This is a frustrating and complex illness, and most of us have to see several doctors before we find a good one and some of us never do get that lucky (me included). Much of this ends up being self learning and trial and error. it is never a bad idea to try different meds. Hopefully the doctors who have given your wife meds have started on teeny doses and titrated up very slowly. Many times, full doses are given and there are very few people here who tolerate adult doses of any meds. That may be part of the problem.

You are a good husband to try and find answers to help. Hopefully your wife will come on at some point and maybe share what's going on from her perspective and we can add more input. morgan

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Home becomes our safety zone. The more we stay home in our routine the more we want to.

I would never leave the house if I or one of my family members didn't make me.

We are in Wisconsin, the summers get hot and humid. I always carry a cold spray bottle and spray myself constanly as I don't sweat.

I also get episodes, I have had to lay down in department stores on the floor. I just ask for a chair to put my feet up on.

I also recline in the car and put my feet on the dash or even on the ceiling when I lay in the back seat.

You have to crank up your sense of humor with this condition. I have even fainted and woke up on the checkout belt standing in the grocery line.

A low dose of an SSRI, I take Celexa has helped me the most.

I went through episodes of fear and depression. My family just got sick of listening. So I decided I am going to give anything a try if I tip over, I tip over.

I don't mean to minimize as I have had a few ambulance rides but we can't live in fear.


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I haven?t tried the medications you mention (currently on Toprol and Florinef and they seem to be keeping me somewhat level) but as you see, it?s really been trial and error for most people here. What works for some, doesn?t for others.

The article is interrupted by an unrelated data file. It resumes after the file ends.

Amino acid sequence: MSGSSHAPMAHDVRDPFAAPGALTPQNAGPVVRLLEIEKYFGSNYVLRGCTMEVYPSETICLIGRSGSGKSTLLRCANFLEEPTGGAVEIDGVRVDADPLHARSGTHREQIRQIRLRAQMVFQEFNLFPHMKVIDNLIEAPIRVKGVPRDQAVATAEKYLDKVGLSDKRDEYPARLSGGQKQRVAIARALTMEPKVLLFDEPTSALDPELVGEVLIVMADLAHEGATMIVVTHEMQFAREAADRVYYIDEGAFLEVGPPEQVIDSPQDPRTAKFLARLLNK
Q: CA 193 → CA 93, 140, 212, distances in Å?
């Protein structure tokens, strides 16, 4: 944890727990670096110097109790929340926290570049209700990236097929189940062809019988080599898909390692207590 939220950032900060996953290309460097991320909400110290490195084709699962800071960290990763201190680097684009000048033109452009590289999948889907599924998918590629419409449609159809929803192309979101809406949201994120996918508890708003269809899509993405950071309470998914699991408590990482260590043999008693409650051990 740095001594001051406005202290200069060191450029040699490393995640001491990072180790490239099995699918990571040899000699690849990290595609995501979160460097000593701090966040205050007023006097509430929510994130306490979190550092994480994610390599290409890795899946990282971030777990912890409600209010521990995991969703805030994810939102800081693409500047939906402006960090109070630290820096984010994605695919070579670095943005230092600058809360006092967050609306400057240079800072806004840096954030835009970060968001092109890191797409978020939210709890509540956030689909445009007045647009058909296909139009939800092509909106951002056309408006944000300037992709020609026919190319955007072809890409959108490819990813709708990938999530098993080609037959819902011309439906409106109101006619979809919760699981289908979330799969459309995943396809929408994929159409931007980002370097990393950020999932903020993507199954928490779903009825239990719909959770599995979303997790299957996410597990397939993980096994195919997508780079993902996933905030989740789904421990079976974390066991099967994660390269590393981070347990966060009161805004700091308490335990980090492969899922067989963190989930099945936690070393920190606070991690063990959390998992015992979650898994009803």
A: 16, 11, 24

After being house-bound for months when first diagnosed, I was scared to death to venture out alone for fear of an episode when alone/in public. At first, I would only leave the house when with a family member or friend (preferably my husband or brother who could ?catch me?). Klonopin helped me out a bit. It made my symptoms less severe and really took the edge of the anxiety.

Eventually I decided to try and get my life back. First took a drive by myself, then a trip down to the corner store for milk. Learned to modify things ? do grocery shopping in the evening (it?s cooler out, less crowded and shorter lines to stand on), if I need to sit down, I sit down (can always make it to my car now to do so if I need), wear a cool-dana (bandana that you freeze and put around your neck) and carry bottles of water w/me at all times.

I can function pretty well most of the time now although I don?t know if I?ll ever have the life I had pre-POTS. Still gotta keep doing the ?baby steps? each day and try to stay positive. Good luck!

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Hi! Welcome! Sorry, I do not have much experience with most of those meds.

But wanted to say hi and I hope others are able to help you with these meds.

Has your wife had good help from doctors and any non-medication help (compression hose, fluid/salt loading)?

Welcome to Houdini Cat too!

I hope you all find some answers to your questions and support! :blink:

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I am not a very anxiety driven person, but I get really frustrated and put out by all this. I get bitter about it, but on my tilt table test I did go panicky. It was an incredibly scary feeling.

I tend to fight and ignore my symptoms and blow them off as somethign temporary. It's only been since they have prgressed to this level that I just couldn't ignore things any longer. So after being to many doctors over the years I figured I would try again uintil I got an answer, and it took months. I was recently put on zoloft and it has really helped many of my symptoms. I still have episodes, but I can usually function through them, and I am going on walks with my child and husband. I usually have a really good day followed by a bad day. Today is a bad day. Yesterday i was fine. Not a single episode. It's so weird how one day of activity in tolerable but completely wipes me out for the next day.

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I'm on both Prozac and Klonopin, which help me emotionally, but as far as going out, getting medical tags and wearing them constantly helped me immensely. I know that if I do pass out in public, EMT's will know why (or at least see what it is, even if the dr's at the ER have to look it up...) I have my meds listed on my tags, also, so I know I can get them if something happens and I'm in the hospital without them. Medical tags are pretty easy to get and you can get them in necklace or bracelet, whichever is more comfortable. Maybe that would help a little with leaving the house?